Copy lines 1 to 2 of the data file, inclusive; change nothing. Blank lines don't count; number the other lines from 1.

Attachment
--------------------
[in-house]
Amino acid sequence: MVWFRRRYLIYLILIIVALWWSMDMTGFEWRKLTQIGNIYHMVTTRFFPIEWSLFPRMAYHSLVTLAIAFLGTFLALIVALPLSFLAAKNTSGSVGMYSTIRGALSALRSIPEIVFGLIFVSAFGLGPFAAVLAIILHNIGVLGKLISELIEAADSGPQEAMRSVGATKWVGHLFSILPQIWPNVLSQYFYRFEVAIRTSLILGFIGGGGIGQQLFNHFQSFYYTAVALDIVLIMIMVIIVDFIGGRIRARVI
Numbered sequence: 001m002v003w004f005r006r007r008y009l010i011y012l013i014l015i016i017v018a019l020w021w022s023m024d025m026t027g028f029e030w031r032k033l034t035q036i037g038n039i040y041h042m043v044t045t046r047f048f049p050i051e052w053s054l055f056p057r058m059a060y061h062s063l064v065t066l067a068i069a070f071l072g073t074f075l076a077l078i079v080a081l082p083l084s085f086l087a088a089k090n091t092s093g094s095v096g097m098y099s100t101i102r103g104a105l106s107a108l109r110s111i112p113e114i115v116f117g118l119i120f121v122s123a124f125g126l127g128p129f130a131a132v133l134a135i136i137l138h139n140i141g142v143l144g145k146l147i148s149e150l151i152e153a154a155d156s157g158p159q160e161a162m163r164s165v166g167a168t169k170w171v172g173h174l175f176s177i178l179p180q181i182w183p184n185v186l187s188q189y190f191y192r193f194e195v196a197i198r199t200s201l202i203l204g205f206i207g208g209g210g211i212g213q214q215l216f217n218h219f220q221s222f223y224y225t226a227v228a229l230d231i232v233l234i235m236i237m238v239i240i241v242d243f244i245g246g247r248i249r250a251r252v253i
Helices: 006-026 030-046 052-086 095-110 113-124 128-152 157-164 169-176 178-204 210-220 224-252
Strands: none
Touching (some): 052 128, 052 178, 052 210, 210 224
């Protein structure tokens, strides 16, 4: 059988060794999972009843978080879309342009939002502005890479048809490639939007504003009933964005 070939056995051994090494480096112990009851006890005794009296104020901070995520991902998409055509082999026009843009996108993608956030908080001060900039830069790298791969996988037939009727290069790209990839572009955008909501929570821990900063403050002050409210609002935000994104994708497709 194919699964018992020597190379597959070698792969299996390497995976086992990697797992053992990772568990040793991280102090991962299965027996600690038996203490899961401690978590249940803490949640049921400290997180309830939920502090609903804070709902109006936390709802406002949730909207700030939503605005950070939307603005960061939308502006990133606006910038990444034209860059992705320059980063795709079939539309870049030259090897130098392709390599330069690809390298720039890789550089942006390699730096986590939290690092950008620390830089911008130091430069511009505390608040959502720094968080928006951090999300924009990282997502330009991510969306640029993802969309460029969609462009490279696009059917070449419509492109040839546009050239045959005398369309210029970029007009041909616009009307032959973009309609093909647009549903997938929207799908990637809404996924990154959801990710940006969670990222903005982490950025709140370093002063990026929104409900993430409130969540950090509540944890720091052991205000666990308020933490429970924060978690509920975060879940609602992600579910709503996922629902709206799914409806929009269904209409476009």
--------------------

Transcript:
[in-house]
Amino acid sequence: MVWFRRRYLIYLILIIVALWWSMDMTGFEWRKLTQIGNIYHMVTTRFFPIEWSLFPRMAYHSLVTLAIAFLGTFLALIVALPLSFLAAKNTSGSVGMYSTIRGALSALRSIPEIVFGLIFVSAFGLGPFAAVLAIILHNIGVLGKLISELIEAADSGPQEAMRSVGATKWVGHLFSILPQIWPNVLSQYFYRFEVAIRTSLILGFIGGGGIGQQLFNHFQSFYYTAVALDIVLIMIMVIIVDFIGGRIRARVI